Marsilius’s nominalism comes to the fore in his views on the object of scientific knowledge, the nature of universals, and the logical doctrine of supposition. His basic assumption is that there are only individuals and no universals outside the human mind.

2.1.1 The Object of Scientific Knowledge

According to the Aristotelian standard accepted by Marsilius, the object of scientific knowledge must be universal and necessarily true. This is not the case with individual things in the external world, since they are subject to change. Only the conclusion of a true and necessary syllogism can meet the standard. Hence, for Marsilius, the object of scientific knowledge is not anything outside the mind, but the mental proposition which refers to individual things and their qualities. More specifically, the proper object of scientific knowledge is a proposition in the form of a conclusion that has been deduced from necessary premises.[4]

2.1.2 Universals

Marsilius argued that universal concepts such as ‘humanity’ do not refer to real universals outside the human mind. Accordingly, there is no universal essence in singular individuals. Individuals of one genus or species do resemble each other, however, and this resemblance is the foundation of universal concepts in the human mind. The generation of universal concepts is a natural process, which Marsilius described as follows: suppose individual A of species S evokes concept X in the human mind. This concept is similar to concept Y which has been evoked by B of the same species S. By abstracting from all the differences between X and Y, the human mind is able to produce another concept, Z, which stands for both A and B. Universality is then taken to be a quality of concept Z, the product of the epistemological operation of abstraction on concepts X and Y by the human mind.[5]

2.1.3 Supposition

In line with his account of the nature of universals, Marsilius rejected simple supposition. Logicians such as Peter of Spain had used the notion to indicate that a term stood not for an individual but for a universal or common nature in the external world, like the term ‘man’ in the proposition, ‘Man is a species’. Since Marsilius rejected the idea of universals existing outside the mind, he eliminated simple supposition from the list of different types of supposition. He was critical of some of his contemporaries (e.g., Albert of Saxony) who likewise dismissed the concept of real universals, yet kept on using the notion of simple supposition. They had changed the meaning of the term, he said, by claiming that a written or spoken term had simple supposition if it was used to refer to a concept in the human mind. Marsilius wondered whether young students would be able to understand this new meaning of simple supposition, since they would hardly know what concepts are. To avoid confusion, Marsilius decided not to deal with simple supposition at all in his logic.[6]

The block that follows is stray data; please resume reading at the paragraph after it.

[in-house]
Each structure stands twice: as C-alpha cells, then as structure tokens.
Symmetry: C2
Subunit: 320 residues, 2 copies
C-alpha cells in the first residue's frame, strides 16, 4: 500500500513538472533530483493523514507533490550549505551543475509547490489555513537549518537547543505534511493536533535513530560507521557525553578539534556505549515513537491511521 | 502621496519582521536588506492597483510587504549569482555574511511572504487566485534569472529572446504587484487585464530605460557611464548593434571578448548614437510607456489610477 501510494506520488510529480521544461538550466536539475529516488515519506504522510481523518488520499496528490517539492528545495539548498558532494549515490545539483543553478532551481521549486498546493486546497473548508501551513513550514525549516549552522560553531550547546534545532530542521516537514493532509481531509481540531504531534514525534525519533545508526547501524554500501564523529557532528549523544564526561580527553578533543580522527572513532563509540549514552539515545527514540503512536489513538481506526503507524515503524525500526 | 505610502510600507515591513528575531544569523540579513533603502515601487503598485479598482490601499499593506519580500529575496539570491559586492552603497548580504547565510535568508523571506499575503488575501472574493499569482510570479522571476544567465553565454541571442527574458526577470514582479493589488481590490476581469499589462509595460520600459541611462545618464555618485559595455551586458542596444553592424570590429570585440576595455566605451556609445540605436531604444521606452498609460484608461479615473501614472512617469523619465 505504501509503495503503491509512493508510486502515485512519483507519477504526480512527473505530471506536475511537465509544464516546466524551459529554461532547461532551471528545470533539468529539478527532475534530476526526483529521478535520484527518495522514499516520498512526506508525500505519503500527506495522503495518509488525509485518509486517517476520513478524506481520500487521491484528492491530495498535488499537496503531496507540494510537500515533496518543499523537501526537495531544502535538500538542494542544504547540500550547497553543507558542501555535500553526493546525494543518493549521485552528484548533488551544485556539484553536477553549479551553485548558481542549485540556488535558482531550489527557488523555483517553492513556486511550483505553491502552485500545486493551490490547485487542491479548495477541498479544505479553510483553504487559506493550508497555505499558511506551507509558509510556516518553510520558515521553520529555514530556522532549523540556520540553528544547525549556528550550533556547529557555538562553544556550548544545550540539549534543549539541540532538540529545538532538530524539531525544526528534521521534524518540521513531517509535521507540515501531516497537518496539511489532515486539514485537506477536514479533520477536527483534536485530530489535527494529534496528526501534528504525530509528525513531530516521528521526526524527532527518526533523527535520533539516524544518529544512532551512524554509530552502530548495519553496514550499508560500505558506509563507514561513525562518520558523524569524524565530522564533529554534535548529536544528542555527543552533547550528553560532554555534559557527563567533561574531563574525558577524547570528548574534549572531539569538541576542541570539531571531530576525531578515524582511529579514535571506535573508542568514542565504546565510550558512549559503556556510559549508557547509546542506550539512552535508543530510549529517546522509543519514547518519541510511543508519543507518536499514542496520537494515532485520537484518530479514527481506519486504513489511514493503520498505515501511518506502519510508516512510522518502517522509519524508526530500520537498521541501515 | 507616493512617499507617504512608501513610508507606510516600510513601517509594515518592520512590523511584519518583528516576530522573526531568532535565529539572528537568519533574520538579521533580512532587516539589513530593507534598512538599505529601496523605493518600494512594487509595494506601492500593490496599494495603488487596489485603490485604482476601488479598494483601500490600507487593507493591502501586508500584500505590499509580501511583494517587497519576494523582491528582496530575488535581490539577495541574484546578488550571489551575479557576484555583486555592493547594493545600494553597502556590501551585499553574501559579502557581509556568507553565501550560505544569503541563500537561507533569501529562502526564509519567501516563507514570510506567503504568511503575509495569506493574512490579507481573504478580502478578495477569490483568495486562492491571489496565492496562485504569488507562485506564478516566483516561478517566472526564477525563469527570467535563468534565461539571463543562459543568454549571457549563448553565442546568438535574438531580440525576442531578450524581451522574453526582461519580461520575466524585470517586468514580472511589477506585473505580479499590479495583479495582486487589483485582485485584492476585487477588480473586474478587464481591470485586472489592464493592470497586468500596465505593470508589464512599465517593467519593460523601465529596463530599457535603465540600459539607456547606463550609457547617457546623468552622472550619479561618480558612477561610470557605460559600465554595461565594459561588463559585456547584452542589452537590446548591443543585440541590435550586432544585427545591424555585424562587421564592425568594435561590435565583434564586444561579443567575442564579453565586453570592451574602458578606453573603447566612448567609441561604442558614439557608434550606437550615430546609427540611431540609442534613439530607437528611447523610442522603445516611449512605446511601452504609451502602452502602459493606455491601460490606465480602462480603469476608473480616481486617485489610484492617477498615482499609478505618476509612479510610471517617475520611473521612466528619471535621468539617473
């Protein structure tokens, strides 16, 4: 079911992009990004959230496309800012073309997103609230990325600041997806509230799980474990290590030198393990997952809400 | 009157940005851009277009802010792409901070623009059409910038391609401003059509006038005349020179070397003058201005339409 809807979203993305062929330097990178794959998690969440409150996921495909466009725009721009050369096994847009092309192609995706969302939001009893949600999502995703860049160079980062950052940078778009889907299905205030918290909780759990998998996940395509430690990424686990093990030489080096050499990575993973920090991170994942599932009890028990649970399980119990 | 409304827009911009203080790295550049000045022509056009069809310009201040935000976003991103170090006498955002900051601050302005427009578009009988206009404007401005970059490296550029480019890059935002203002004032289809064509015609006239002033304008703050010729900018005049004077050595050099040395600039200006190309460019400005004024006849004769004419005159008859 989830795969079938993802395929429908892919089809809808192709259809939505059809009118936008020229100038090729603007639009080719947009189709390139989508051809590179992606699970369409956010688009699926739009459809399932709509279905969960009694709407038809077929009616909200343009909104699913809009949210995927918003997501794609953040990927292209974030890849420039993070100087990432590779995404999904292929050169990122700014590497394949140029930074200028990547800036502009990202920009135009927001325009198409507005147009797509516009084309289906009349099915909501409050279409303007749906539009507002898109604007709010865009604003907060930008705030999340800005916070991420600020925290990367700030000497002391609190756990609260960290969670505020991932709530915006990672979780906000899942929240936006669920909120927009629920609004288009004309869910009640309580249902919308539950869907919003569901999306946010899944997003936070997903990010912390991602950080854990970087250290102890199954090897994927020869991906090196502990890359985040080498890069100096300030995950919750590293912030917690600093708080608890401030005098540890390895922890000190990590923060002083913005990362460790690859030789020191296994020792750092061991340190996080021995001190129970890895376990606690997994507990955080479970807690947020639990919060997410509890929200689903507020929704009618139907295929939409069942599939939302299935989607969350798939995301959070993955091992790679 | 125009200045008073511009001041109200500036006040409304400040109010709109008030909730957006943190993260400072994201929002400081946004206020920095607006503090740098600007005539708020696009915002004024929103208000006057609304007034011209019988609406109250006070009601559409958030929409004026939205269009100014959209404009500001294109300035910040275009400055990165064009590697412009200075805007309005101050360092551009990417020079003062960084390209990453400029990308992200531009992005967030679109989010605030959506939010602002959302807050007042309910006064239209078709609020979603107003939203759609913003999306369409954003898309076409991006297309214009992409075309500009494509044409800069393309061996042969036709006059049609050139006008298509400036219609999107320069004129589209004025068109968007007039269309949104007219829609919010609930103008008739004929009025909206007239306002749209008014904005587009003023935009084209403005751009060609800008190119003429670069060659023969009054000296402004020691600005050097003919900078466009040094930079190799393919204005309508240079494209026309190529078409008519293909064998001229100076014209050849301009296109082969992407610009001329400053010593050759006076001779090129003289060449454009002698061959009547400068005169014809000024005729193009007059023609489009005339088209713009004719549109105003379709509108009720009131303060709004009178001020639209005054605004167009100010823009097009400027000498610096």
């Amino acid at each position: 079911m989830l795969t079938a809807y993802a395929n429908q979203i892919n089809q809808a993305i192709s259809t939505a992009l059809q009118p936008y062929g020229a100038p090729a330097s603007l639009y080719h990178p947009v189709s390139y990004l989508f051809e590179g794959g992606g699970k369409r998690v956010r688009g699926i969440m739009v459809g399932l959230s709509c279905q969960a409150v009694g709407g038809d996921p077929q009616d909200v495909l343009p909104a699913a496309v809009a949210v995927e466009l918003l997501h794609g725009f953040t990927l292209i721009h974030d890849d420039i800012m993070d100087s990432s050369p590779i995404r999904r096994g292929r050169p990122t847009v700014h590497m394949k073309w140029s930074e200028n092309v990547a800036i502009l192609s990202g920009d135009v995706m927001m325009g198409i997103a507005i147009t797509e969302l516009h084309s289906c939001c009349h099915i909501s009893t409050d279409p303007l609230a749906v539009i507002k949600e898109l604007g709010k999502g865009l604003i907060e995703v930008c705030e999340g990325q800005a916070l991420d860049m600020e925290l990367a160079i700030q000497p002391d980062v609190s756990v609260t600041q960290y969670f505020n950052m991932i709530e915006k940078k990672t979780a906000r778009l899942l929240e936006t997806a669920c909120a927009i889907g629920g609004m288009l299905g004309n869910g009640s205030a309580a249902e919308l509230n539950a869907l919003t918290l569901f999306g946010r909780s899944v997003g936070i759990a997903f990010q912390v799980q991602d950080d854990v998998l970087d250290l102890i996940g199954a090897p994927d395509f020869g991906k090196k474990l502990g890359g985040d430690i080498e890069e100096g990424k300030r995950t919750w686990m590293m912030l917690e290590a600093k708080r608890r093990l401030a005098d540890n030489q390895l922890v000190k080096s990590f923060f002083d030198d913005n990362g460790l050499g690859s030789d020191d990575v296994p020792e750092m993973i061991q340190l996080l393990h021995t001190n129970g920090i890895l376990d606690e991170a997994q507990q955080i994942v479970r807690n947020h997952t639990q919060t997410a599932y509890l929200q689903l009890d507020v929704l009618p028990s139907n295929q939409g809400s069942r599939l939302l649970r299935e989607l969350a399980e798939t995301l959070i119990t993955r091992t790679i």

2.1.4 Categories

In his commentary on the Categories, Marsilius adheres to William of Ockham’s and John Buridan’s view that the ten Aristotelian categories are distinguished by the way they refer to things in extra-mental reality. The emphasis here is on the ‘way they refer to’ things, i.e., their modus significandi, and not on the things themselves, he argues, since distinct categories like ‘quantity’ and ‘quality’, while doing so in different manners, may still refer to one and the same individual thing in the outside world, e.g., Socrates. Different categories, therefore, do not represent different things but stand for distinct and unique ways of signifying things.[7] Together, the ten categories cover all possible ways of speaking about things. Like Buridan, however, Marsilius emphasizes that it is impossible to prove that their precise number is and must be ten, as some philosophers like Albert the Great had claimed. It is only lengthy experience that has led philosophers to acknowledge their number to be ten.[8] If an additional mode of signifying things was discovered in the future, Marsilius states, he would readily accept there to be more than ten Aristotelian categories, even though he does not consider such a discovery to be very likely.[9]